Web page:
“We Want Safe Communities!”: Community Tells Sheriff Not to Work with ICE

Photo by Pete Shaw

Story by Pete Shaw

Highlighting the growing national movement away from blanket policies to honor Immigration and Customs Enforcement (ICE) holds, over 75 people gathered outside the Multnomah County Building on December 10th to urge Multnomah County Sheriff Dan Staton to limit the use of ICE holds in Multnomah County jails immediately. The rally comes on the heels of California Attorney General Kamala Harris issuing a memo to state and local law enforcement agencies stating “immigration detainers are not compulsory. Instead, they are merely requests enforceable at the discretion of the agency holding the individual arrestee.” (italics in original). Staton has continued honoring ICE holds despite the fact that such collaboration is not mandatory.

The ICE holds are a part of the Secure Communities program whose putative purpose is to identify, detain, and remove from the United States people without documentation who have been convicted of a crime and pose a threat to public safety. Despite ICE’s attempt to paint those it detains–largely Latinos–as well as the Latino immigrant community as a whole, as drug dealers, rapists, and murderers, about 80% of those detained by ICE have been taken in for misdemeanors and traffic violations.

Sheriff Staton has consistently stated his department does not provide any aid–money or personnel–to ICE, but he has still been collaborating with it in its request for holds. Over the summer a group of community organizations under the umbrella of the Activists Coming Together (ACT) Network presented Staton with a series of policy recommendations. The proposal outlined the detrimental effects of these holds not just on the immigrant community, but upon the community as a whole, as well as the financial costs to taxpayers, and with only slight reservation, suggested Staton end the Multnomah County Sheriff’s Office (MCSO) partnership with ICE. Staton committed himself to a response by October 15th, but it never came, and he has remained silent on the issue while continuing to support holds and deportations.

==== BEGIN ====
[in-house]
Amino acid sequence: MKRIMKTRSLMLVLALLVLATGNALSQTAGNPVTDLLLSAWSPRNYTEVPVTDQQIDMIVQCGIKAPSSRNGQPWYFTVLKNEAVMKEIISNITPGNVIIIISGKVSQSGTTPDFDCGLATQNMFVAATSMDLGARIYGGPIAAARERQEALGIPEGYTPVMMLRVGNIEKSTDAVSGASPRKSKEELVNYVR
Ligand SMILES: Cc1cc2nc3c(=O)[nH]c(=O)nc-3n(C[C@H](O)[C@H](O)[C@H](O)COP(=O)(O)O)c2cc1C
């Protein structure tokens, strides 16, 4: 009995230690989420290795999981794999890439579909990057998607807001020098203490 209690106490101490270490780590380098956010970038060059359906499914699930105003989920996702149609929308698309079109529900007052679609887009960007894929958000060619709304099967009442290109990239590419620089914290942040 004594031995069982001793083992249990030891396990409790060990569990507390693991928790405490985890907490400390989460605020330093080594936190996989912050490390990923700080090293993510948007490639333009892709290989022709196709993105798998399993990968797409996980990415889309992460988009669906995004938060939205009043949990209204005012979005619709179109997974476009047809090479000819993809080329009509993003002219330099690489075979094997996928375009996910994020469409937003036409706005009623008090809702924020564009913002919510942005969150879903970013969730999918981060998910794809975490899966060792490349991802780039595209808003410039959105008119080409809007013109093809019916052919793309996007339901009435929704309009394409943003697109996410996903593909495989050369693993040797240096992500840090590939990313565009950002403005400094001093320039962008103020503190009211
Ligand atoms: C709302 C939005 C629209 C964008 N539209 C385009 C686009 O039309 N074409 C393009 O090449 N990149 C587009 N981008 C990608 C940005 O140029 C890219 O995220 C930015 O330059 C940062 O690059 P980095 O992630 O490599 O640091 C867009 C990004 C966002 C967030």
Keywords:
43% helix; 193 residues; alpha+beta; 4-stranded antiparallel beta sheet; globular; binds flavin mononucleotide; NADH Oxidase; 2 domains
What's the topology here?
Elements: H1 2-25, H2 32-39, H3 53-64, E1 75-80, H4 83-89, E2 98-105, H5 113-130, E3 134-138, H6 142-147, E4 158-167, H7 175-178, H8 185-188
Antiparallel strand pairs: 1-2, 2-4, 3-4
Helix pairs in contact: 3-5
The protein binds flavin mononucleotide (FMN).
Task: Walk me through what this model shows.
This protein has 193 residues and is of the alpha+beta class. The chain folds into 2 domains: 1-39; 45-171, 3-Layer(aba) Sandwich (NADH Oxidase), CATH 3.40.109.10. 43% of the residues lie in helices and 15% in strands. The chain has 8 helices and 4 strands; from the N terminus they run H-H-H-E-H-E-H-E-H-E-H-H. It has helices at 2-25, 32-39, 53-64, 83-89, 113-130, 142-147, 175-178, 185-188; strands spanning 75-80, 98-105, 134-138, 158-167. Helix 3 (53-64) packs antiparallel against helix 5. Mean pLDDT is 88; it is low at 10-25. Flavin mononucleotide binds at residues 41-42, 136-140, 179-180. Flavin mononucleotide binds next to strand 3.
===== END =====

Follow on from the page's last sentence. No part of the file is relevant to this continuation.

“There are people disappearing every day because Sheriff Staton is honoring ICE holds,” said Reyna Lopez of CAUSA. Speaking of how some members of the immigrant community are not reporting crimes–including those to which they are witnesses but not victims of–because they fear possible arrest and deportation, Lopez connected the Secure Communities program with the immigrant community’s increasing lack of faith in law enforcement. This is true not only of people without documentation, but people with documentation who are afraid they have been stereotyped as criminals because of the color of their skin.

Aside from this fear, the Secure Communities program results in is families being ripped apart and those left behind struggling with diminished income. Pepe from VOZ said, “We don’t want people torn apart from their loved ones. We need to resist this. In order to resist, we need to work together.”

Oregon Dream Activist Jaime Guzman, who appeared with his sister and father, said, “Parents have been deported for trying to bring a better life for their kids. If Staton does not work with ICE there will be less deportations, less separation of families, and less people making profit off our suffering. I’m a human and I want to remind Sheriff Staton who he works for. We’re not serving him. He’s serving us.”

After the rally, the crowd entered the building and went up to Sheriff Staton’s office on the third floor to deliver a large stack of holiday cards requesting Staton cease working with ICE. With the reception area filled and the crowd spilling over into the hallway, Guzman and Sindy Avila, also an Oregon Dream Activist, asked to see Sheriff Staton. Rather quickly, Under Sheriff Tim Moore came into the lobby and said a group of ten could meet with the sheriff in a conference room.

Multnomah County Sheriff Staton speaks with members of the ACT Network.  Photo by Doug Yarrow.

Multnomah County Sheriff Staton speaks with members of the ACT Network. Photo by Doug Yarrow.

Avila expressed to Staton the immigrant community’s lack of trust in the police because of Staton’s collaboration with ICE. “It’s important to restore trust lost through these programs,” she said. “People who are victims of crime are afraid of reporting crimes. We can’t collaborate with police when ICE endangers our communities.”

Staton then explained that he has been “trying to determine where my legal authority is at” and that was why he had missed the October 15th deadline. He said was not “getting an adequate response from the federal government” and has been talking about the Harris memo with Multnomah County attorneys as well as other sheriffs. Staton then said on Monday December 17th he would issue a statement as to his course of action.

Reverend Lynne Smouse Lopez of the Ainsworth United Church of Christ then suggested Staton not cooperate with ICE. “If you do the right thing,” she said, “we’ll be behind you. And if you get grief, we will support you.”

Guzman then expressed to Staton the great example he could provide for Oregon and the country. Referring to Arizona’s SB 1070 Guzman said, “Let’s not be Arizona. Let’s be productive. Let’s be that change so other states follow our lead.”

Want to get involved? Go to: http://causaoregon.org/get-involve/take-action/urge-sheriff-staton-to-stop-needless-deportations-of-our-community-members/ for more information including how to contact Sheriff Staton and urge him to stop collaborating with ICE.

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